robdashnash robdashnash - 24 days ago 9
Swift Question

Regarding functions, the math symbol function * is called differently. Why?

The definition of the multiply symbol is this.

public func *(lhs: Int, rhs: Int) -> Int


I can use it in a function, like this.

func productUsingReduce(xs: [Int]) -> Int {
return xs.reduce(1, { x,y in x * y})
}


or simply like this.

func productUsingReduce(xs: [Int]) -> Int {
return xs.reduce(1, *)
}


If I try to define the same thing with a different name.

func yes(lhs: Int, rhs: Int) -> Int {
return lhs * rhs
}


I get a compiler error when I try to use it like this.

func productUsingReduce(xs: [Int]) -> Int {
return xs.reduce(1, { x,y in x yes y})
}


Why?

And why doesn't the following sytnax compile?

func productUsingReduce(xs: [Int]) -> Int {
return xs.reduce(1, { x, y in *(lhs: x, rhs: y) })
}

Answer

* definition is made of two parts:

The method definition (in Swift.Math.Integers, Swift.Math.Floating and so on)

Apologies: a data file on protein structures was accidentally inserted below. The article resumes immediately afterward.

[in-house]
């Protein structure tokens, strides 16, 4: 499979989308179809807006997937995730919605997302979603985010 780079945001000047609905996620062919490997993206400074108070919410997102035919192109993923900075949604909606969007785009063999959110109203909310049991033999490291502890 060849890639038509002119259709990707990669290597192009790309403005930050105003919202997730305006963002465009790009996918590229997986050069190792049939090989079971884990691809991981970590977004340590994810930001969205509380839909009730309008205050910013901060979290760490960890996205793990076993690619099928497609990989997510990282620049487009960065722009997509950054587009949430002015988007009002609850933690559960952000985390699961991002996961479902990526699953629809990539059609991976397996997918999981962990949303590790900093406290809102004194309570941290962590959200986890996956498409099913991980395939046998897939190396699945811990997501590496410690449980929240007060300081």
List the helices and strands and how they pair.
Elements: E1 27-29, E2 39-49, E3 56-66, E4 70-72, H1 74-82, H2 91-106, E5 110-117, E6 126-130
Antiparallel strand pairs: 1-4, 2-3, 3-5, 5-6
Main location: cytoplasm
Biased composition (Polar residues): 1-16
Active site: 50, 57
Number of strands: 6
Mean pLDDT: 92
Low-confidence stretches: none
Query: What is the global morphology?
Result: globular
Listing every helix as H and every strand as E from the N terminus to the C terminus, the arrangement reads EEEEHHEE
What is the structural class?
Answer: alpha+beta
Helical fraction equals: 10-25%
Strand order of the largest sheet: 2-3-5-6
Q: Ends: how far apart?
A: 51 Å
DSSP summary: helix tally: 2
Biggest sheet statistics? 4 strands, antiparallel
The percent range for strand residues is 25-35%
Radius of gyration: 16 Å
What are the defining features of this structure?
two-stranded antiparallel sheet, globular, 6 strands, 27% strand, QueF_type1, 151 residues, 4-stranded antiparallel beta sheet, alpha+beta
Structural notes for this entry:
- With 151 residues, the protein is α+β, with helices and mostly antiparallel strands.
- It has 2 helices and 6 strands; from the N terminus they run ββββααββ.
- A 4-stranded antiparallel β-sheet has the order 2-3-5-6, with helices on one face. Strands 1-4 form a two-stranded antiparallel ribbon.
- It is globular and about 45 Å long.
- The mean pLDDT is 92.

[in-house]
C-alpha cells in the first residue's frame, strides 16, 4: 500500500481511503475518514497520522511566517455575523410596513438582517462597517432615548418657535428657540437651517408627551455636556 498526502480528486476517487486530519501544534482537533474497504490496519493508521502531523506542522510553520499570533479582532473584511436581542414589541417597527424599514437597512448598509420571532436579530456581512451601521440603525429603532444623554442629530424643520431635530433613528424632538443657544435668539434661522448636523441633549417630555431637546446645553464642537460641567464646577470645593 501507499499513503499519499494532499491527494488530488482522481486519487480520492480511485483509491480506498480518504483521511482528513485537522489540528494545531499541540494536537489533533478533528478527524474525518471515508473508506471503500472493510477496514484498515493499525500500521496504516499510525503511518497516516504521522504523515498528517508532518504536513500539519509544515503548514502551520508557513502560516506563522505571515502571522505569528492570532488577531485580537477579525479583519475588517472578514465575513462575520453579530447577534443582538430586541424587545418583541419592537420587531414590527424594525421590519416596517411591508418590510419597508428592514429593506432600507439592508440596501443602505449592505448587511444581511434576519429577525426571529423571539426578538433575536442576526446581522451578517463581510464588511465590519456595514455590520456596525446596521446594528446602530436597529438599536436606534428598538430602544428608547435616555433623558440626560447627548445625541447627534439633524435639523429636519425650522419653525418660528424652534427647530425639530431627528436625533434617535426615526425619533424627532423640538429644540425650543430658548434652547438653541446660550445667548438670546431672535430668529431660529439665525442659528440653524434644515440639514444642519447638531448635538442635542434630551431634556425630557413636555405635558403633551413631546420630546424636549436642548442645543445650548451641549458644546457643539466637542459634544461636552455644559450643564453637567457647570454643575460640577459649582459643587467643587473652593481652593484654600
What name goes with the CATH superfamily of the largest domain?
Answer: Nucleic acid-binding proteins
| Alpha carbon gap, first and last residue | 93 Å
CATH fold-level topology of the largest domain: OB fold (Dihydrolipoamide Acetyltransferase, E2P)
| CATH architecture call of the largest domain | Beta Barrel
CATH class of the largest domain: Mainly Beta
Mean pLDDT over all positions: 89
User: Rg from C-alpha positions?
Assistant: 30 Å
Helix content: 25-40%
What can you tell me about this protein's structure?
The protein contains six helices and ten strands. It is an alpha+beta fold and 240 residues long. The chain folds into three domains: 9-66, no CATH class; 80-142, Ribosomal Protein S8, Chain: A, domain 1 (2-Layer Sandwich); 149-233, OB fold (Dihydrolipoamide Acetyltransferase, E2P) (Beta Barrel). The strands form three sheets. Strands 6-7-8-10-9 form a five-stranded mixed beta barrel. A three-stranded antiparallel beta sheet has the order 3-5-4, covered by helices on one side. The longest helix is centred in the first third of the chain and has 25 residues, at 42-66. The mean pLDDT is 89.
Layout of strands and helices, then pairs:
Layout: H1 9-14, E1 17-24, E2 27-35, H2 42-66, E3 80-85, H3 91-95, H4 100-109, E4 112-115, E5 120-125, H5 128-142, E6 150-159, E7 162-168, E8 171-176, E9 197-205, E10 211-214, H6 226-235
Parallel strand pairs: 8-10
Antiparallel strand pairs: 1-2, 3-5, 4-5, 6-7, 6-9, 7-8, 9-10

public func *(lhs: Int, rhs: Int) -> Int

and its operator behavior (in Swift, you can write import Swift in Xcode and CMD+click on it to access the file)

infix operator * : MultiplicationPrecedence

The last snippet makes * an infix operator, so you can only use it in infix form.


About your yes function, you cannot make it behave as an operator. While you can define your own custom operators, they can only contain certain characters. As per the language specification:

Custom operators can begin with one of the ASCII characters /, =, -, +, !, *, %, <, >, &, |, ^, ?, or ~, or one of the Unicode characters defined in the grammar below (which include characters from the Mathematical Operators, Miscellaneous Symbols, and Dingbats Unicode blocks, among others). After the first character, combining Unicode characters are also allowed.

So you have to use it its standard function form.

But you could do

func ^^^(lhs: Int, rhs: Int) -> Int {
  return lhs * rhs
}

infix operator ^^^

and that would work as expected

3 ^^^ 2 // 6
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